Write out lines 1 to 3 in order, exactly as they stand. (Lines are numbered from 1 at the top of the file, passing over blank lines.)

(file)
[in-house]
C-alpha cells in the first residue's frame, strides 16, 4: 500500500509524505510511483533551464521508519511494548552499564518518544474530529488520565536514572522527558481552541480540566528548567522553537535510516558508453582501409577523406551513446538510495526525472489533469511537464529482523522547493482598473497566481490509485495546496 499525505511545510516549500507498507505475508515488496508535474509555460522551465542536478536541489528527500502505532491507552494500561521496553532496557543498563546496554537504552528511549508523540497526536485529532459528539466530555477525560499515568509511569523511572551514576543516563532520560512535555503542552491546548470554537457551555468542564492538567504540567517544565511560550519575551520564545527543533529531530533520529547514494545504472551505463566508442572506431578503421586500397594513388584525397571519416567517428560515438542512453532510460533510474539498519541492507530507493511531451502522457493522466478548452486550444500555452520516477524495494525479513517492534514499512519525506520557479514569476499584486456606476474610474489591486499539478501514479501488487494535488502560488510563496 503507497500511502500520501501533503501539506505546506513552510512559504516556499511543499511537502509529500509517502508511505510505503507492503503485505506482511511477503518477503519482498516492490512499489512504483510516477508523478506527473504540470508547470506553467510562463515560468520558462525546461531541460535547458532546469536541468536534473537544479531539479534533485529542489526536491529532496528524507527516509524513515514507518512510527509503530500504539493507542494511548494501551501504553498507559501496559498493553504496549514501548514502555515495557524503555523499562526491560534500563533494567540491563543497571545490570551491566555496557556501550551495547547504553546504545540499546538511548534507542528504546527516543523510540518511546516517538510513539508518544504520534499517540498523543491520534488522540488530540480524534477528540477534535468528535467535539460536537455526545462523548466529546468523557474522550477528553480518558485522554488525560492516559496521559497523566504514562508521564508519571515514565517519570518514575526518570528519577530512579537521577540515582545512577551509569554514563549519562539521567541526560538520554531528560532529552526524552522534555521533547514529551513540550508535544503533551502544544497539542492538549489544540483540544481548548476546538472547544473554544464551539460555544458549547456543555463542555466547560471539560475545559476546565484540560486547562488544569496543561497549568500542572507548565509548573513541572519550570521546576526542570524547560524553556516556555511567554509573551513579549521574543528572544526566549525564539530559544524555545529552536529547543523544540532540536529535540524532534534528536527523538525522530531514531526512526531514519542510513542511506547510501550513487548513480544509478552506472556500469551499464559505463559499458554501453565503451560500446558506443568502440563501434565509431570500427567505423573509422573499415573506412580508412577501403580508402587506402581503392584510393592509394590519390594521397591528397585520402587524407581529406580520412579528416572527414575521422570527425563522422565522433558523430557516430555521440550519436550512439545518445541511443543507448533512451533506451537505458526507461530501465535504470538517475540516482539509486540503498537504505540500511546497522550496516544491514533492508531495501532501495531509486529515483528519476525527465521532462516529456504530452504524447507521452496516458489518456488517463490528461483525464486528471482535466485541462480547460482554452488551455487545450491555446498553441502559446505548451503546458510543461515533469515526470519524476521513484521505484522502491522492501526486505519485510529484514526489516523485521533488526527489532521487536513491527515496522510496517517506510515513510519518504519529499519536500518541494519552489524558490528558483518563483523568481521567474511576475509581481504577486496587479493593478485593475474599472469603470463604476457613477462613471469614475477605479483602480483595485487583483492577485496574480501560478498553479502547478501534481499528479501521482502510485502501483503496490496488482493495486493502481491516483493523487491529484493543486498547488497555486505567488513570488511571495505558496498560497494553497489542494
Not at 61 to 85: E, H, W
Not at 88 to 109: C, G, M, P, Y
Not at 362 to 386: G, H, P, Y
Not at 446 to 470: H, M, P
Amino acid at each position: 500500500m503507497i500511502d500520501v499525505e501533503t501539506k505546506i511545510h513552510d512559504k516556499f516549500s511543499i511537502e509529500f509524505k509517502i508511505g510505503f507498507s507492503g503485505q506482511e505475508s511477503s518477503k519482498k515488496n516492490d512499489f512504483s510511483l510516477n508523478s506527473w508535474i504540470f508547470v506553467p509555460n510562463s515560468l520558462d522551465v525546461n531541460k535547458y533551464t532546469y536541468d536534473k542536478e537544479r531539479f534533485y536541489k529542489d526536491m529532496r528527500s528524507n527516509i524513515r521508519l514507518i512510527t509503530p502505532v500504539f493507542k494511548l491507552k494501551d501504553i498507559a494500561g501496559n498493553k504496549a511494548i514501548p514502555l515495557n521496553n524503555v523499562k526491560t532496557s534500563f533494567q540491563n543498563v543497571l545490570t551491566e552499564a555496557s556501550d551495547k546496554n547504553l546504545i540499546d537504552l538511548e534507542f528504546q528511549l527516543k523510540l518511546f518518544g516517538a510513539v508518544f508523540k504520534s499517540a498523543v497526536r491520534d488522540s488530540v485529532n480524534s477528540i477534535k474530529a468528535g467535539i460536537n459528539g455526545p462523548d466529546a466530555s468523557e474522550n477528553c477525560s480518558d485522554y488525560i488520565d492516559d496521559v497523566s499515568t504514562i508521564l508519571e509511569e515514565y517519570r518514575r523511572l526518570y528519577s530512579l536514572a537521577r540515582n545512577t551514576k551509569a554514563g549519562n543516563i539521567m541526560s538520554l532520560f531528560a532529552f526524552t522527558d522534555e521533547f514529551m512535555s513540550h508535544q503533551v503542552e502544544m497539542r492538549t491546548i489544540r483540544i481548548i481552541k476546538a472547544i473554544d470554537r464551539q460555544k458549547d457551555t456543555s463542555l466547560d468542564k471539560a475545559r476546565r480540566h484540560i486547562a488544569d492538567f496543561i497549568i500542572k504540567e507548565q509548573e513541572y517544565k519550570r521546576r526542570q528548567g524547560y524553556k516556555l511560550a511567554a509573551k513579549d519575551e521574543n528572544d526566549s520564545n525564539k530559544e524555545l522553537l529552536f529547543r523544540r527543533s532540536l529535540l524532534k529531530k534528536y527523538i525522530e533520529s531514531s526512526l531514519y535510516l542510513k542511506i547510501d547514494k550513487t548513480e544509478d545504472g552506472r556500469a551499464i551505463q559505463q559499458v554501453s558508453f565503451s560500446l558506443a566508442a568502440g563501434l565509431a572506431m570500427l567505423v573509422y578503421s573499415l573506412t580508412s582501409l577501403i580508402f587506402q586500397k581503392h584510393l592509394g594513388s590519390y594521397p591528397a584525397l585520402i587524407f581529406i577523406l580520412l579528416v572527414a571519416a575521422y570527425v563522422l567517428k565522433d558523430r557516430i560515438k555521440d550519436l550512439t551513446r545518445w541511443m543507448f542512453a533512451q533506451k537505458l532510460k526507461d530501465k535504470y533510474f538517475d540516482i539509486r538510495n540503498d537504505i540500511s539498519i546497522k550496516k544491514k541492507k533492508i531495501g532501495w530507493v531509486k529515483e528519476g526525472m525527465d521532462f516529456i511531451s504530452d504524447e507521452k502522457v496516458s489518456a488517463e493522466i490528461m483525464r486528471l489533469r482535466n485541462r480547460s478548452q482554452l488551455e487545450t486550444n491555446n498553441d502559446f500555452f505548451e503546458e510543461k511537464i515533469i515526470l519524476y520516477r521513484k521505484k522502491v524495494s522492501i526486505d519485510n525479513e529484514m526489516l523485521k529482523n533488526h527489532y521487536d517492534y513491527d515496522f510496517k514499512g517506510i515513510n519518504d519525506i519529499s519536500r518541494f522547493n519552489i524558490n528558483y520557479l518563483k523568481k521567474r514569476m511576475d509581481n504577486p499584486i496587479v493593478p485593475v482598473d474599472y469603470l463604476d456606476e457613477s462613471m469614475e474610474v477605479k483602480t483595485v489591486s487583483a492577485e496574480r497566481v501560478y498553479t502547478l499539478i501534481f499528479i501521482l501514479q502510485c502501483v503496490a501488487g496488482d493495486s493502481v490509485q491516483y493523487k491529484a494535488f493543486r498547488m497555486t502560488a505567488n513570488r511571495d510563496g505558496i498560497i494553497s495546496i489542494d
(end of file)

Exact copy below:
[in-house]
C-alpha cells in the first residue's frame, strides 16, 4: 500500500509524505510511483533551464521508519511494548552499564518518544474530529488520565536514572522527558481552541480540566528548567522553537535510516558508453582501409577523406551513446538510495526525472489533469511537464529482523522547493482598473497566481490509485495546496 499525505511545510516549500507498507505475508515488496508535474509555460522551465542536478536541489528527500502505532491507552494500561521496553532496557543498563546496554537504552528511549508523540497526536485529532459528539466530555477525560499515568509511569523511572551514576543516563532520560512535555503542552491546548470554537457551555468542564492538567504540567517544565511560550519575551520564545527543533529531530533520529547514494545504472551505463566508442572506431578503421586500397594513388584525397571519416567517428560515438542512453532510460533510474539498519541492507530507493511531451502522457493522466478548452486550444500555452520516477524495494525479513517492534514499512519525506520557479514569476499584486456606476474610474489591486499539478501514479501488487494535488502560488510563496 503507497500511502500520501501533503501539506505546506513552510512559504516556499511543499511537502509529500509517502508511505510505503507492503503485505506482511511477503518477503519482498516492490512499489512504483510516477508523478506527473504540470508547470506553467510562463515560468520558462525546461531541460535547458532546469536541468536534473537544479531539479534533485529542489526536491529532496528524507527516509524513515514507518512510527509503530500504539493507542494511548494501551501504553498507559501496559498493553504496549514501548514502555515495557524503555523499562526491560534500563533494567540491563543497571545490570551491566555496557556501550551495547547504553546504545540499546538511548534507542528504546527516543523510540518511546516517538510513539508518544504520534499517540498523543491520534488522540488530540480524534477528540477534535468528535467535539460536537455526545462523548466529546468523557474522550477528553480518558485522554488525560492516559496521559497523566504514562508521564508519571515514565517519570518514575526518570528519577530512579537521577540515582545512577551509569554514563549519562539521567541526560538520554531528560532529552526524552522534555521533547514529551513540550508535544503533551502544544497539542492538549489544540483540544481548548476546538472547544473554544464551539460555544458549547456543555463542555466547560471539560475545559476546565484540560486547562488544569496543561497549568500542572507548565509548573513541572519550570521546576526542570524547560524553556516556555511567554509573551513579549521574543528572544526566549525564539530559544524555545529552536529547543523544540532540536529535540524532534534528536527523538525522530531514531526512526531514519542510513542511506547510501550513487548513480544509478552506472556500469551499464559505463559499458554501453565503451560500446558506443568502440563501434565509431570500427567505423573509422573499415573506412580508412577501403580508402587506402581503392584510393592509394590519390594521397591528397585520402587524407581529406580520412579528416572527414575521422570527425563522422565522433558523430557516430555521440550519436550512439545518445541511443543507448533512451533506451537505458526507461530501465535504470538517475540516482539509486540503498537504505540500511546497522550496516544491514533492508531495501532501495531509486529515483528519476525527465521532462516529456504530452504524447507521452496516458489518456488517463490528461483525464486528471482535466485541462480547460482554452488551455487545450491555446498553441502559446505548451503546458510543461515533469515526470519524476521513484521505484522502491522492501526486505519485510529484514526489516523485521533488526527489532521487536513491527515496522510496517517506510515513510519518504519529499519536500518541494519552489524558490528558483518563483523568481521567474511576475509581481504577486496587479493593478485593475474599472469603470463604476457613477462613471469614475477605479483602480483595485487583483492577485496574480501560478498553479502547478501534481499528479501521482502510485502501483503496490496488482493495486493502481491516483493523487491529484493543486498547488497555486505567488513570488511571495505558496498560497494553497489542494
Not at 61 to 85: E, H, W